Date: August 1973
Creator: Donnelly, Clifford V.
Partner: UNT Libraries

A Study of Facilitating and Inhibiting Personality Dimensions in Occupational Identification

Description: The problem with which this investigation is concerned is that of examining the association between personality as measured by a standard scale and the extent of projection in a social perception role projection task. The investigation assumes that perceptions regarding environment are systematically related to choice behavior. In this regard, the research examines those specific dimensions of personality that facilitate or inhibit social perception. Chapter I presents an introduction to the problem. Additionally, the background of the problem, purpose of the study, the hypotheses, the limits of the study, and the assumptions are given. Chapter II is the methodology. The nature of the subjects, the procedure, the research instrument and the methodological steps used for analysis of data are explained. Results of the investigation are given in Chapter III, while Chapter IV presents a discussion of the results, including the conclusions, implications of the study, and suggestions for further research.
Date: May 1974
Creator: Chaney, Warren H.
Partner: UNT Libraries

Career Decisions and Job Values of Seniors in the College of Business Administration, North Texas State University

Description: Much has been done to promote the use of management techniques designed to develop human resources within the business enterprise. Unfortunately, most of these procedures are applied after the individual has become an employee of the firm. Similar management techniques are needed for the proper recruitment and placement of each new employee. A major source of employee dissatisfaction and turnover lies in the incapacity of some jobs to satisfy the aspirations and job values of certain types of employees. Therefore, one key to employment stability for the college graduate is the relative compatibility between his job values and the capacity of the job to provide fulfillment for those aspirations. Much needs to be done in the areas of predicting the job values of a college senior and matching the individual graduate with that job which is most apt to provide a productive and meaningful career. The purpose of this study is to investigate the relationships between grade point averages, job values, and career decisions as perceived by the Ma3 1973, graduating seniors of the College of Business Administration at North Texas State University, their professors, and their employment recruiters. The students provided background data such as grade point average, SAT scores, and marital status in addition to Likert-type rankings of family experiences and job values. The professors also provided rankings of their job values. Those employers who had interviewed seniors through the Business Employment Services office during the spring semester of 1973 ranked the same job values and selected student characteristics in accordance with the emphasis placed upon them during recruitment. Significant relationships were identified through the calculation of product-moment correlation coefficients. Comparisons were made utilizing t-tests of significance.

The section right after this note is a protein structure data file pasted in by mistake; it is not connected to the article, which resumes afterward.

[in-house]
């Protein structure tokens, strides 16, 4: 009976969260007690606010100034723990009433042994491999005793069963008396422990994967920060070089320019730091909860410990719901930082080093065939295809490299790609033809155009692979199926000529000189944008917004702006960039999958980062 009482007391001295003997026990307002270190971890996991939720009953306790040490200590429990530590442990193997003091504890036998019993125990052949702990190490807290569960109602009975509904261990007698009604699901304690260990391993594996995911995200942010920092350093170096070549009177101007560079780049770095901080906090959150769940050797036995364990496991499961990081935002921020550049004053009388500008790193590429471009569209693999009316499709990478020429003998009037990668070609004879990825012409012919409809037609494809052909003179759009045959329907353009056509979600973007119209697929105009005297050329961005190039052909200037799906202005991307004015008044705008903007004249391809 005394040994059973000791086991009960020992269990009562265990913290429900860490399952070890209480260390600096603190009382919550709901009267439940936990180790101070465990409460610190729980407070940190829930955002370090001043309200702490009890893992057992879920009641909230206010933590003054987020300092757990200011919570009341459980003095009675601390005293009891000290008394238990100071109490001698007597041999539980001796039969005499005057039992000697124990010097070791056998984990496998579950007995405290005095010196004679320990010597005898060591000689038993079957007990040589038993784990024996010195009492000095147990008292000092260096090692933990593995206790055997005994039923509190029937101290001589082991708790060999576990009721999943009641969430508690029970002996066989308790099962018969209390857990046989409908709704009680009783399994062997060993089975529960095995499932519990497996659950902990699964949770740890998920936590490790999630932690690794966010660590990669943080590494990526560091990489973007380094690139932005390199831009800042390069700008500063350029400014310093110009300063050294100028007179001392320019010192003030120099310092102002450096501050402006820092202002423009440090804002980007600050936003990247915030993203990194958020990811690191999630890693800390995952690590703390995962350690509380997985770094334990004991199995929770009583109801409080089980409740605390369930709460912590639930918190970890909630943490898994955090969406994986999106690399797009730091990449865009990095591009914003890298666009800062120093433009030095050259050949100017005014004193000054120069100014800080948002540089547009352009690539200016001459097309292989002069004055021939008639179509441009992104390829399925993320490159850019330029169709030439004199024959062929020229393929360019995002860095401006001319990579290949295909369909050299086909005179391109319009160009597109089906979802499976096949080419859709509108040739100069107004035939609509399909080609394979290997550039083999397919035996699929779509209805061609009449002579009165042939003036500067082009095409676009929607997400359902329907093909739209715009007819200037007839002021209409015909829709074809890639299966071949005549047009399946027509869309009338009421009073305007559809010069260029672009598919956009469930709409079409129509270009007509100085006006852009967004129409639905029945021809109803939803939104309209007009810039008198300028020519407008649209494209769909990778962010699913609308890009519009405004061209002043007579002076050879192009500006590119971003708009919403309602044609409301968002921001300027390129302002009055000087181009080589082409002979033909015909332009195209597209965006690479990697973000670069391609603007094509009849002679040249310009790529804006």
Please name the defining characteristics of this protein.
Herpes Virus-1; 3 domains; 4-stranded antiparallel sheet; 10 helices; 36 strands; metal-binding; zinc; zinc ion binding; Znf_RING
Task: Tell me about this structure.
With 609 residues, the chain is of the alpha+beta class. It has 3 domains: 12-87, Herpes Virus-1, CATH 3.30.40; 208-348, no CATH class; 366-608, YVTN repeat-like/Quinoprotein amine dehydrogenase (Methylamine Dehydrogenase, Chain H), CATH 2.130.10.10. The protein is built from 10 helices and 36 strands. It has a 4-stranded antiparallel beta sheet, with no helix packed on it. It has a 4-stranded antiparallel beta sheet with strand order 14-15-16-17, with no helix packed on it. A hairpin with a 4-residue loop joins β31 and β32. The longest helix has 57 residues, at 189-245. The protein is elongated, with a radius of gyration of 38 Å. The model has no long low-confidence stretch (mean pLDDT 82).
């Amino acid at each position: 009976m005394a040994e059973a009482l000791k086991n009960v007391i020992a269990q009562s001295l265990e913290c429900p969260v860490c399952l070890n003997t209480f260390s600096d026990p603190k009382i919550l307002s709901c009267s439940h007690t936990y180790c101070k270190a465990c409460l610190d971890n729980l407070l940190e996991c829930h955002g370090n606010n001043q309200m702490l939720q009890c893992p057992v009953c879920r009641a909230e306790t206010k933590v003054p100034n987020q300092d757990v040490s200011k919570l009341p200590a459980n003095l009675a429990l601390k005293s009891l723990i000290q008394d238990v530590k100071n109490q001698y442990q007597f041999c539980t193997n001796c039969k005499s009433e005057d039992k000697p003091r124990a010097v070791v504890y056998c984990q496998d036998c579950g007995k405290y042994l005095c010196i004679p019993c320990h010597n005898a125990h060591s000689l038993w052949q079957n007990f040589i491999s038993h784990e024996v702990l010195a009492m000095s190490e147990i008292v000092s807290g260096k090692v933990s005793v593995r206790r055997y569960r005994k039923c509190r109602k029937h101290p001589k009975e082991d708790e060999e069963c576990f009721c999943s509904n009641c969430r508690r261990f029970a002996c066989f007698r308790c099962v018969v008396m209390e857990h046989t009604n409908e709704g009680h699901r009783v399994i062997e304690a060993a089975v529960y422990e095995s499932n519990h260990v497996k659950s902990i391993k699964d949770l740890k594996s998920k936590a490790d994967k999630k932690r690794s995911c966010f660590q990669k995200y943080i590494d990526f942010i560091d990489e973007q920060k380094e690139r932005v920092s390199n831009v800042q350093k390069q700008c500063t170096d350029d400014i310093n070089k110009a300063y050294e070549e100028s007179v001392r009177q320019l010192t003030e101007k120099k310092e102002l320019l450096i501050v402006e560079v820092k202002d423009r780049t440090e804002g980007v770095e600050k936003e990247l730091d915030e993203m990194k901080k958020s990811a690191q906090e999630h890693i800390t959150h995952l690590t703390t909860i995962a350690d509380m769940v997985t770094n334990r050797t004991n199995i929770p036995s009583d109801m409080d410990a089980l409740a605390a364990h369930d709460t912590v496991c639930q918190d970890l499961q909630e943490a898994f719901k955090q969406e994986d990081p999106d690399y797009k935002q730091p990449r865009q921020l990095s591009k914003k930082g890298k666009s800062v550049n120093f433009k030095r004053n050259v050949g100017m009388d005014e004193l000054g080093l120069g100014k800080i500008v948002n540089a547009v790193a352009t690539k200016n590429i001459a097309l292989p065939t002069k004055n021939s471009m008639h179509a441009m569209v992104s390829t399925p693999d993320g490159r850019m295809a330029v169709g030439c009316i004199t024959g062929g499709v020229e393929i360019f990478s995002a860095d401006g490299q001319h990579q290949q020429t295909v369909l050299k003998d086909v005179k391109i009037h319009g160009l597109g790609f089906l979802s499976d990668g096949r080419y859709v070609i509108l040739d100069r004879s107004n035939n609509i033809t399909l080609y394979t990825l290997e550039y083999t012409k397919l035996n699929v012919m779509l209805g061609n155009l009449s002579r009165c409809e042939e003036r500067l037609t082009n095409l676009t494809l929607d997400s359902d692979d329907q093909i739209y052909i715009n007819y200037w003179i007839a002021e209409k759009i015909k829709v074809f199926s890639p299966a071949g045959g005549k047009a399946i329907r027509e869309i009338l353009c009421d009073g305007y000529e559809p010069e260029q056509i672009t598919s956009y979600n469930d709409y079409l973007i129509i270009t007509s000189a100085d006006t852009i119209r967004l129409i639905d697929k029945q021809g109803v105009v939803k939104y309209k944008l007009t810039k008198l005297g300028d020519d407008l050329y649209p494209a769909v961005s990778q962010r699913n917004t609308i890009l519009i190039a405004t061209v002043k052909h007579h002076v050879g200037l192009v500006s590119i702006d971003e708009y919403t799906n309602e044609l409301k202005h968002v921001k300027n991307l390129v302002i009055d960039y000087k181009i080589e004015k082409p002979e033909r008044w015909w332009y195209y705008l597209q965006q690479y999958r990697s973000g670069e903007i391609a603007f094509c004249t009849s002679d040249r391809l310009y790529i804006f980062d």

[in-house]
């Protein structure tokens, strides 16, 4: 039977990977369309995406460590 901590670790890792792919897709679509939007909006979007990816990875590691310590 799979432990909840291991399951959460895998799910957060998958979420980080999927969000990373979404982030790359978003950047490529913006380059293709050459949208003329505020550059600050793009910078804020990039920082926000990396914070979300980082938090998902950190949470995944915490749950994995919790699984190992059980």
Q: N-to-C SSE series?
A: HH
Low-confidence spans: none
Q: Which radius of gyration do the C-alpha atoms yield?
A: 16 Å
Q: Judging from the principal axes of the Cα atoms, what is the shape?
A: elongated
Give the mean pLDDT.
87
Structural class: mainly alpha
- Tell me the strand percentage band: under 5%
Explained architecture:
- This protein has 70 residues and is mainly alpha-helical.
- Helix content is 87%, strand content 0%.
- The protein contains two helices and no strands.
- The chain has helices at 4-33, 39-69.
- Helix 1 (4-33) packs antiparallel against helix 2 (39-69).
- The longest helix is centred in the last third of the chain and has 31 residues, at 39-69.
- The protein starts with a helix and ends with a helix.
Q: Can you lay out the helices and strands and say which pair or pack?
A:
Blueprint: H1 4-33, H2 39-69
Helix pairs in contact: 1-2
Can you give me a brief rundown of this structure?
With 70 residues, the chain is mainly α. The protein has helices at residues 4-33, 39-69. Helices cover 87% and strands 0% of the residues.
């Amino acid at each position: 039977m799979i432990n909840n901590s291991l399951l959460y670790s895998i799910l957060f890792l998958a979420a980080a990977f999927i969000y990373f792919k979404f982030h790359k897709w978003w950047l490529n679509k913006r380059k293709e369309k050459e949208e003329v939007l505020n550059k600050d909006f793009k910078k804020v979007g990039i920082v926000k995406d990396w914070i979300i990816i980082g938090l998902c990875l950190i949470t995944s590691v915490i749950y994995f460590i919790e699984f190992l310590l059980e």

Date: August 1974
Creator: Burton, Gene E.
Partner: UNT Libraries

The Impact of Strategic Management on Organizational Effectiveness in Jesuit Colleges and Universities

Description: The organizational effectiveness and strategic management areas of organizational theory are the general focus of this study. Organizational effectiveness is defined as the extent to which an organization by the use of certain resources fulfills its objectives without depleting its resources and without placing undue strain upon its members and/or society. Strategic management is defined as an array of processes which leads to the development of an effective approach to achieve the organization's objectives. Little agreement appears to exist on how to evaluate organizational effectiveness and to what extent strategic management impacts organizational effectiveness. This is the problem this study addressed. This study presents an extensive review of the literature, formulates some syntheses and utilizes a questionnaire to gather pertinent data. The sample of respondents consisted of a group of key administrators from all the Jesuit colleges and universities in the United States. The questionnaire had a ninety percent response rate. This study was primarily a correlation study which emphasized the perceptions of the respondents regarding the elements and/or processes of strategic management and the concepts of organizational effectiveness. The Chi-Square and Spearman rank order tests were utilized for statistical measures. The analysis of data revealed any significant relationships between (1) the elements and/or processes of strategic management and (2) the concepts related to organizational effectiveness.
Date: December 1985
Creator: Favilla, Edward S.
Partner: UNT Libraries

A Study of the Relationships between Employee Stock Ownership Plans and Corporate Performance